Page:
Andrew M. Holland and George C. Holland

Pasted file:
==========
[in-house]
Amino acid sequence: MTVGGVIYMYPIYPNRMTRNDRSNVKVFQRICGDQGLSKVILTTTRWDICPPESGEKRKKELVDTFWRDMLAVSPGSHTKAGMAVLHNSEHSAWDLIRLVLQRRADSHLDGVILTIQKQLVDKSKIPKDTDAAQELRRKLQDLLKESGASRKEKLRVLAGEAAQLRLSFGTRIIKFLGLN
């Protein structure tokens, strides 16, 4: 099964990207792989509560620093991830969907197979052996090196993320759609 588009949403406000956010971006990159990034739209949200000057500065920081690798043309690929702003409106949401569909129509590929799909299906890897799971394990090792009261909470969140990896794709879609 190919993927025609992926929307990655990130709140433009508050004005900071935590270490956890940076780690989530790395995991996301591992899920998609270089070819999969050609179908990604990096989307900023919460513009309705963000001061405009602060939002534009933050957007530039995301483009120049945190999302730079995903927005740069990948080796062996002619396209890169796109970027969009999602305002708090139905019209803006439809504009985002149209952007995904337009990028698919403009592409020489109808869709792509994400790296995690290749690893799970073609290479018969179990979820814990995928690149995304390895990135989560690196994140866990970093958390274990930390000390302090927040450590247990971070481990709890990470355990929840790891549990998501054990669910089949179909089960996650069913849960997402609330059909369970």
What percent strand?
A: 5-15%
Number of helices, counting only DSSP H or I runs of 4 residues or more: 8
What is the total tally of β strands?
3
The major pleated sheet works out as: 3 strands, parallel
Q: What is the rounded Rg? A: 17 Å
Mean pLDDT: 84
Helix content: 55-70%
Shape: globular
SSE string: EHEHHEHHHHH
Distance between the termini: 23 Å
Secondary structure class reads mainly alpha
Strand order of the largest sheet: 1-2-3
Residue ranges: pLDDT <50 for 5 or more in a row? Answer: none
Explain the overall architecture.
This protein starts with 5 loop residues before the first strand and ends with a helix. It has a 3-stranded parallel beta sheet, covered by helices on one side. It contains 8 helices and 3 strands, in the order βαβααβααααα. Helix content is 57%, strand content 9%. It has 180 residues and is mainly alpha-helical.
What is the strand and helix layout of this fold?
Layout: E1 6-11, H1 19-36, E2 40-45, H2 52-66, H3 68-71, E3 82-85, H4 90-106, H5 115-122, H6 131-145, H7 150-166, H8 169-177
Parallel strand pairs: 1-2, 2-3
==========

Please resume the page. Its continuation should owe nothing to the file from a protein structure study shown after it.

Motion pictures as a commercial business made their debut on 14 April 1894 at 1155 Broadway, New York , at the Holland brothers' Kinetoscope parlour. Ten machines were set up, with customers paying 25c to see a row of five machines, which offered such sights as Eugen Sandow, the two Ena Bertoldi films, Blacksmith Scene and Highland Dance. Shortly afterwards, on 17 May, a second parlour was opened by the Holland brothers in a Masonic Temple in Chicago, with a further ten machines. The men to whom Thomas Edison had entrusted the first commercial exploitation of his invention were Andrew and George Holland, Ottawa businessmen who had variously dealt before in publishing, bookselling, typewriters, steamship lines and, crucially, Edison Phonographs. With the formation by Norman Raff and Frank Gammon of the Kinetoscope Company to exploit the new machine, Andrew Holland (the prominent figure of the two and a founder member of the Kinetoscope Company) was well placed and eager to take up the opportunity. Following the successful debut of the Kinetoscope, the Holland brothers further exploited the machine, including selling six to George Georgiades, who had taken the Kinetoscope to Paris by July 1894. Then in 1896 came the launch of the Vitascope and projected Edison film, and the Hollands were granted exclusive rights to its exploitation in Canada. The Vitascope made its debut on 21 July 1896 in West End Park, Ottawa, a joint venture betwen the Hollands and the Ottawa Electric Railway Company, with magician John C. Green ('Belsaz') hosting. The Vitascope moved on to Toronto in September (where it was joined by the newly-arrived Lumière Cinématographe). Having sold the various territorial rights to Canada, and having what money they could ought of the seemingly passing phenomenon, the Holland brothers pass out of cinema history.